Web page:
Revived patients who experience these events often describe a feeling of looking down on the room from above, but the question of location is really not important. What matters from an evidentiary point of view is the accuracy of their accounts. If the soul ceased to exist at death, or fell into a state of complete unconsciousness, it would not be able to know anything. But in these cases, the patient is able to describe details about events connected to the resuscitation that could not possibly have been known unless he or she were somehow still aware.

One of the most comprehensive surveys of this phenomenon is titled “AWARE” (Parnia et al., Resuscitation 85.12, Dec. 2014, 1799-1805). The study shows that 40% of patients who survived cardiac arrest were aware during the time that they were clinically dead. If death is the separation of the soul from the body, as the Church teaches, then these cases should not surprise us. The person has indeed died because the soul has separated from the body, but a successful resuscitation causes the soul to return life to the body. The particular judgment does not take place because death had not been finalized.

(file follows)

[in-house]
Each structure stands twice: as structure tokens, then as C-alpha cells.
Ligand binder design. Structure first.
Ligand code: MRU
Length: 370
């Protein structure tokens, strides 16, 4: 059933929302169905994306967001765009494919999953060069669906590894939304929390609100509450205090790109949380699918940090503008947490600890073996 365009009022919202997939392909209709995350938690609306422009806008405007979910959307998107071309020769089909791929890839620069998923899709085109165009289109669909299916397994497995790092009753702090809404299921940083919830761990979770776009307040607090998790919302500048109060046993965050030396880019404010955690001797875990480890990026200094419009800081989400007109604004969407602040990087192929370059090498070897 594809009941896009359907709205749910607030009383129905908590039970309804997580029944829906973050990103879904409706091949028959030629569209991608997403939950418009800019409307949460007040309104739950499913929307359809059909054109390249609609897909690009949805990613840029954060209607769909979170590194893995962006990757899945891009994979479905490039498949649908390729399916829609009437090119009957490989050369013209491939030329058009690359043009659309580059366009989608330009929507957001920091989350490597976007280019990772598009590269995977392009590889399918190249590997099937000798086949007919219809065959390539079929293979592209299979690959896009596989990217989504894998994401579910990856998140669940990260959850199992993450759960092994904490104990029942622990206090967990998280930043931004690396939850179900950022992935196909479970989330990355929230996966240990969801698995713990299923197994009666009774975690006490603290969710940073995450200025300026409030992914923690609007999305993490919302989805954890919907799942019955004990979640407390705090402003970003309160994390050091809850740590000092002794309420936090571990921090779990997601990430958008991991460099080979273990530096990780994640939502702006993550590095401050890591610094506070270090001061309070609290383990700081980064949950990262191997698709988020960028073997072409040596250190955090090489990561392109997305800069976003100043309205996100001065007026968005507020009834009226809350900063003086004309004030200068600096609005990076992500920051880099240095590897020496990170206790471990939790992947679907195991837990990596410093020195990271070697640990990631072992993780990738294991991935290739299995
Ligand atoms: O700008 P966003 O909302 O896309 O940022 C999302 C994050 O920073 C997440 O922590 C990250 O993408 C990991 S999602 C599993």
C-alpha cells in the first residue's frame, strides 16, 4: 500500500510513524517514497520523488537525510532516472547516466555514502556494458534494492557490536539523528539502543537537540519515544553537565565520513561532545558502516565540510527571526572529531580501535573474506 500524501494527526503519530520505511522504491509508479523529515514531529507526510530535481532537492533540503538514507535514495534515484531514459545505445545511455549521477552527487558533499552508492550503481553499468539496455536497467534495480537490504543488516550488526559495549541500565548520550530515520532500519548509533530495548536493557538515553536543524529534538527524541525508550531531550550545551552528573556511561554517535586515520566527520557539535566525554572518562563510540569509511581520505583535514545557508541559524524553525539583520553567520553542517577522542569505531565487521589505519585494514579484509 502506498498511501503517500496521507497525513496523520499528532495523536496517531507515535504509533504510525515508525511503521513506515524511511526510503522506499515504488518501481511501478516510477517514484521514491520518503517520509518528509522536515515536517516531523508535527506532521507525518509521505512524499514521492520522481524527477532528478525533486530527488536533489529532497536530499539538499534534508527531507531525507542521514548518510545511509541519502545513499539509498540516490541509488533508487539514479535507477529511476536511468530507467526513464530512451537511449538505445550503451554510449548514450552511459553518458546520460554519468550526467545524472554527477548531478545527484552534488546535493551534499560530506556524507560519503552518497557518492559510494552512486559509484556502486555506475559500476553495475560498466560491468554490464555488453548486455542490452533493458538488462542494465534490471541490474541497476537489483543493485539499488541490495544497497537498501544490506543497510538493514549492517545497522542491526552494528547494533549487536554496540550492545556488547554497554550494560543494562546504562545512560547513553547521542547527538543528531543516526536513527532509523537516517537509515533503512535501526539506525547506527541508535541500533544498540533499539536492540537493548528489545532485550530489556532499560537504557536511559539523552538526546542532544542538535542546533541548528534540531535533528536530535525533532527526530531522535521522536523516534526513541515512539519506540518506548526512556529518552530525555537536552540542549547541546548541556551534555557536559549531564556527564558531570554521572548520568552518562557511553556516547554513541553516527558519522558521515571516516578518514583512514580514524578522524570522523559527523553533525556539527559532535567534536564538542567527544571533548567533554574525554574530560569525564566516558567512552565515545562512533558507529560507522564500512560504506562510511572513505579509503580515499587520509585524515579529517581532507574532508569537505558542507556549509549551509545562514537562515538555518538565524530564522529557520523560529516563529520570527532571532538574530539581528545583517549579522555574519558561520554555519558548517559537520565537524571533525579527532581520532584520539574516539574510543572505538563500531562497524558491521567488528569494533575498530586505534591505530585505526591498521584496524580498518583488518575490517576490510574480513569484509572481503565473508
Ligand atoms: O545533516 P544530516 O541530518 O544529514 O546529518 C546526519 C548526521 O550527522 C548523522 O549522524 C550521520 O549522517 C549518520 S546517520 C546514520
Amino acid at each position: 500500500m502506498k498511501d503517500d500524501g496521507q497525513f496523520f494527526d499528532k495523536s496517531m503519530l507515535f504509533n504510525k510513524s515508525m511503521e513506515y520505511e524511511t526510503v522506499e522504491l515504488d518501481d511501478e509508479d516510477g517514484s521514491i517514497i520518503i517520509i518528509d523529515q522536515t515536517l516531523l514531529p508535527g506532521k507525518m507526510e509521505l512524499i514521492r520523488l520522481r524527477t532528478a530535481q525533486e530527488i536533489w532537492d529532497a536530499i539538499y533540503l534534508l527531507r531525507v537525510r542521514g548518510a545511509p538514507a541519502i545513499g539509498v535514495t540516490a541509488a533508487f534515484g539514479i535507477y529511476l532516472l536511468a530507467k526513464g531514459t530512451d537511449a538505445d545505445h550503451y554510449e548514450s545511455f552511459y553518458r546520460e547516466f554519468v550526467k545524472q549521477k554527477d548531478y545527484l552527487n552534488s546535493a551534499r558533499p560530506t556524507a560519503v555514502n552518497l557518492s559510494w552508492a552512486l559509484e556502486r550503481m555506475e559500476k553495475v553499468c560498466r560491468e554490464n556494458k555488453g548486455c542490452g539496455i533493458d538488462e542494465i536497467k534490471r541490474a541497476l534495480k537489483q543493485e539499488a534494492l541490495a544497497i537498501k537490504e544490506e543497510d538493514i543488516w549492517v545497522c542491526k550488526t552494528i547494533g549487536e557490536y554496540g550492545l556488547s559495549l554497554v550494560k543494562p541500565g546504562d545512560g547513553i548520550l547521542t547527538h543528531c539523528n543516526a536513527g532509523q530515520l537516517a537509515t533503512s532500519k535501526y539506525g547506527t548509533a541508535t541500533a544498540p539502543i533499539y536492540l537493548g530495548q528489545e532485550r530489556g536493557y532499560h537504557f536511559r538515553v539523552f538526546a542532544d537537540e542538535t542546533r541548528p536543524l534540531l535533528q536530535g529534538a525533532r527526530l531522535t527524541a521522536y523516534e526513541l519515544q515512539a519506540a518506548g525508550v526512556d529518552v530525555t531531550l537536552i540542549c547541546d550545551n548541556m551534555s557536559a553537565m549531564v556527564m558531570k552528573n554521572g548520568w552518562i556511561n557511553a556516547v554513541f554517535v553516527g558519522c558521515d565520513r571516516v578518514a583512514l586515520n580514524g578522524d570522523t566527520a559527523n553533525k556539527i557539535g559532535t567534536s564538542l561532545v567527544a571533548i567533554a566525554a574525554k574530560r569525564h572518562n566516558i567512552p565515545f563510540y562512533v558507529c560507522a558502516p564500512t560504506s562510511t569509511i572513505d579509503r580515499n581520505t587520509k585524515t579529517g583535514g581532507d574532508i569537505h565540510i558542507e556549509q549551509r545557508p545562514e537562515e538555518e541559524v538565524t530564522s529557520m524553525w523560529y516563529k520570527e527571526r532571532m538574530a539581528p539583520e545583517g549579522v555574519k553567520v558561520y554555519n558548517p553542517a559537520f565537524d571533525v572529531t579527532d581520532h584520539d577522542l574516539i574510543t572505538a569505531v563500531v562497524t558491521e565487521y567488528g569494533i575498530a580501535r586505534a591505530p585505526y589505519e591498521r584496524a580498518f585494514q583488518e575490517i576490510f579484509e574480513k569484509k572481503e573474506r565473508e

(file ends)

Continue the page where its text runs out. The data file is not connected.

Of course, we live in an age of materialism. Those who hold that there is no life after death tell us that these experiences are the result of chemical imbalances in the brain or some other purely material cause. Yet that view cannot explain the factual nature of the accounts. Hallucinations caused by chemical imbalances don’t produce accurate reports.

Given that Church teachings on the nature of the soul are not matters of faith but are evident to reason, such studies provide an important type of empirical evidence. I have met physicians who have experienced this phenomenon, but they are uneasy speaking about it. They fear ridicule from their colleagues. At least they aren’t likely to be shouted at in Latin!

EDWARD J. FURTON, PH.D., is a staff ethicist and the director of publications for the National Catholic Bioethics Center.